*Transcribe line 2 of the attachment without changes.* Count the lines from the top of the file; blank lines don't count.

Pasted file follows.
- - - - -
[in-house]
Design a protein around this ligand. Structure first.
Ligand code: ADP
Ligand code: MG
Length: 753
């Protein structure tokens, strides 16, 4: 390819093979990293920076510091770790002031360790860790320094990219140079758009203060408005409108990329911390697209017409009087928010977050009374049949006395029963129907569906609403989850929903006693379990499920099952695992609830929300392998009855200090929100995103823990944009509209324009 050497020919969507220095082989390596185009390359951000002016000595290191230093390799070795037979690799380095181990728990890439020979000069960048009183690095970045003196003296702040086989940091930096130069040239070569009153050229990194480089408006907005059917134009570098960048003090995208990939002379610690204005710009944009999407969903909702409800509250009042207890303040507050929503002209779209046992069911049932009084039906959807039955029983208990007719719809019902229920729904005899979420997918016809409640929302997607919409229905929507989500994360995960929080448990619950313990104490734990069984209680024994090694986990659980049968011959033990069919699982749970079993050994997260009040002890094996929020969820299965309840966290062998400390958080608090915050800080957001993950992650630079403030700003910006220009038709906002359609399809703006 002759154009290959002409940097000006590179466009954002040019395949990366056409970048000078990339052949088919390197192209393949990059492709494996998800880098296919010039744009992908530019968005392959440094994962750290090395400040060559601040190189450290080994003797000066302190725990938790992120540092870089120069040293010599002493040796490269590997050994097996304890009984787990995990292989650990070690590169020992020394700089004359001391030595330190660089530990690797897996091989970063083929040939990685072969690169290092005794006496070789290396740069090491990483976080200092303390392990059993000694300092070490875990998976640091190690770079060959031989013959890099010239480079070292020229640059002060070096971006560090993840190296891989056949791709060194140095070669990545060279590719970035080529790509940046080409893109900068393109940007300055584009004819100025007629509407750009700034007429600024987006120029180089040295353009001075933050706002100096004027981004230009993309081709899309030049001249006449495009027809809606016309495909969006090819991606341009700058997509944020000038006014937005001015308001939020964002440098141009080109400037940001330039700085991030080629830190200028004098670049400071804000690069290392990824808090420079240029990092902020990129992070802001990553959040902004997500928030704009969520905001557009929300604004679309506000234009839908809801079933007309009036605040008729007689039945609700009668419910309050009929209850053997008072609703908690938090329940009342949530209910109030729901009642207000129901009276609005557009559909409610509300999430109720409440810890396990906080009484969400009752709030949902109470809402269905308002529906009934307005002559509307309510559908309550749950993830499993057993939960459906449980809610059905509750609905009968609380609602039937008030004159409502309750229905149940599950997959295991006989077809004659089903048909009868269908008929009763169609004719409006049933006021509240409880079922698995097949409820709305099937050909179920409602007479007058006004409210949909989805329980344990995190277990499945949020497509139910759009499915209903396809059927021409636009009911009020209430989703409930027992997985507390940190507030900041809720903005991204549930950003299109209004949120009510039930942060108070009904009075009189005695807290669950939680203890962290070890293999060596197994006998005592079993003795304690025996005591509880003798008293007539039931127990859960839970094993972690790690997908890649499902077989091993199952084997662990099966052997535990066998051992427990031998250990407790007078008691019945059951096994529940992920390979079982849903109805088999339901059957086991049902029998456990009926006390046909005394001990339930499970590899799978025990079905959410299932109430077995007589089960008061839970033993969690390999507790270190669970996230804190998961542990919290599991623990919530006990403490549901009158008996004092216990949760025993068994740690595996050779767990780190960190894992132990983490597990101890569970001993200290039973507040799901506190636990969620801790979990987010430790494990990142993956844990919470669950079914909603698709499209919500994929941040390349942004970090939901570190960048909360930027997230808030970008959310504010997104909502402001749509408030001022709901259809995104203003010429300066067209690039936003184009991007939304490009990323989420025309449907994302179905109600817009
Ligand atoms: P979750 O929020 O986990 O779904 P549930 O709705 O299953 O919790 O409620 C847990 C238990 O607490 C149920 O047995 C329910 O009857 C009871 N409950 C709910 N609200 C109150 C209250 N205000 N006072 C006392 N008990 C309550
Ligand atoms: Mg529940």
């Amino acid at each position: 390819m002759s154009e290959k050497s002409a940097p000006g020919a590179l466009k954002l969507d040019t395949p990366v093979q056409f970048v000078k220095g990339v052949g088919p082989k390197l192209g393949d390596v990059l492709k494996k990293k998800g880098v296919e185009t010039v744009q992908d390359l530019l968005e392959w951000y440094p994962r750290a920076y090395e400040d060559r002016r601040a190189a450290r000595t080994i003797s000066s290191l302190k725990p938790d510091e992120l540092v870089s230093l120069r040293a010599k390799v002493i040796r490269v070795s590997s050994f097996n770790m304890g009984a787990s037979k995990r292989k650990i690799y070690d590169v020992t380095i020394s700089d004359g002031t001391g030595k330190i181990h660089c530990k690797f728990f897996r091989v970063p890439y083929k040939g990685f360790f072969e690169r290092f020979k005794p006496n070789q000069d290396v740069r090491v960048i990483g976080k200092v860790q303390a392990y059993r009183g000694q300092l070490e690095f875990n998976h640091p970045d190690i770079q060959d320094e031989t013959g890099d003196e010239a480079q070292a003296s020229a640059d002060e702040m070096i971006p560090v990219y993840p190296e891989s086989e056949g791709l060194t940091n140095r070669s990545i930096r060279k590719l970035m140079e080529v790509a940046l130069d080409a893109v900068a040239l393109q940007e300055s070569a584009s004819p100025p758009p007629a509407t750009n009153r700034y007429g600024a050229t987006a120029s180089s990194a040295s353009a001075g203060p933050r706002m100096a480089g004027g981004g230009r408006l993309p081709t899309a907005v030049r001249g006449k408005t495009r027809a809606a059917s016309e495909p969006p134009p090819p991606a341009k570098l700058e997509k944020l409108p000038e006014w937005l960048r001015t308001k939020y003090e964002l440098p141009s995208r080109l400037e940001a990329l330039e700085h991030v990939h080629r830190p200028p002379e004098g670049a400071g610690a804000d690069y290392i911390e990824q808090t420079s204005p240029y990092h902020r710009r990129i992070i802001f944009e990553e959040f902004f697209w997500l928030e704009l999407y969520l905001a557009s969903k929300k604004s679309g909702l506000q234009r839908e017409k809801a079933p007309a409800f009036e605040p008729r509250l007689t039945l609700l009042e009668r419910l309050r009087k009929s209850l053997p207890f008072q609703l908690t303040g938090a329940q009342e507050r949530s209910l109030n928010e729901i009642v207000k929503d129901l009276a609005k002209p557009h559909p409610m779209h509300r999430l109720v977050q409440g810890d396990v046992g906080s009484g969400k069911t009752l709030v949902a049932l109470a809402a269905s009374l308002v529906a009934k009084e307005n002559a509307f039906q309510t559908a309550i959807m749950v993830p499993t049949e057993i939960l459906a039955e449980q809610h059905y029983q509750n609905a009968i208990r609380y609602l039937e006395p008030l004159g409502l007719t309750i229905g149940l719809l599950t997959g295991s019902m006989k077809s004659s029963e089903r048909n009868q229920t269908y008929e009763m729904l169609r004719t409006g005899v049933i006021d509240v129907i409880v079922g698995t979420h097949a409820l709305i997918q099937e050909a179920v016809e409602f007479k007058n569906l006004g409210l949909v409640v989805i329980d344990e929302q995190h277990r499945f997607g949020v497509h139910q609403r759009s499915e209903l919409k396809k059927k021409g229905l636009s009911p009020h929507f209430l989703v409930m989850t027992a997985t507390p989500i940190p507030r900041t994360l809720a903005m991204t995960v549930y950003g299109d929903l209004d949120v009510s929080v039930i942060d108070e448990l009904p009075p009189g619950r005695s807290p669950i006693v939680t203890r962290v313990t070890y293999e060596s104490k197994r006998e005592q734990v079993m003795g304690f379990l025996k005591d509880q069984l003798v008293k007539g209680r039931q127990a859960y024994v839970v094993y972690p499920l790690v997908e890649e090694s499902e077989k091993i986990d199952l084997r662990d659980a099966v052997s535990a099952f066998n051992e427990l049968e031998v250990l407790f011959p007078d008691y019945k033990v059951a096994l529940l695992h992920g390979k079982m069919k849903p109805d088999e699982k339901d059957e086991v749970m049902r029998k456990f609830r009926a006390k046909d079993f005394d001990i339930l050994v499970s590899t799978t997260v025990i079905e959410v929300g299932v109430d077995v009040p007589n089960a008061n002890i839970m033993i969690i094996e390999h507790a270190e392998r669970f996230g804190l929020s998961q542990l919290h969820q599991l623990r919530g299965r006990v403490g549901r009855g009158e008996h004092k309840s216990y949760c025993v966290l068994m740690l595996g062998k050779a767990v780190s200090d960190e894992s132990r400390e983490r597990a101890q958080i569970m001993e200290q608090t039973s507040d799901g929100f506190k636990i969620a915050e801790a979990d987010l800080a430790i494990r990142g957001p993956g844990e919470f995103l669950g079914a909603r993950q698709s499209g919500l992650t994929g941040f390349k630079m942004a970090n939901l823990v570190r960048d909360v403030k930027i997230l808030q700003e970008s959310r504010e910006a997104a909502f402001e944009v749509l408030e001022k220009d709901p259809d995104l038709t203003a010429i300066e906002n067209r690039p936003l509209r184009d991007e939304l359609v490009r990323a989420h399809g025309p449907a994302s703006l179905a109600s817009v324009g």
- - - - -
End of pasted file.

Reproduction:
Design a protein around this ligand. Structure first.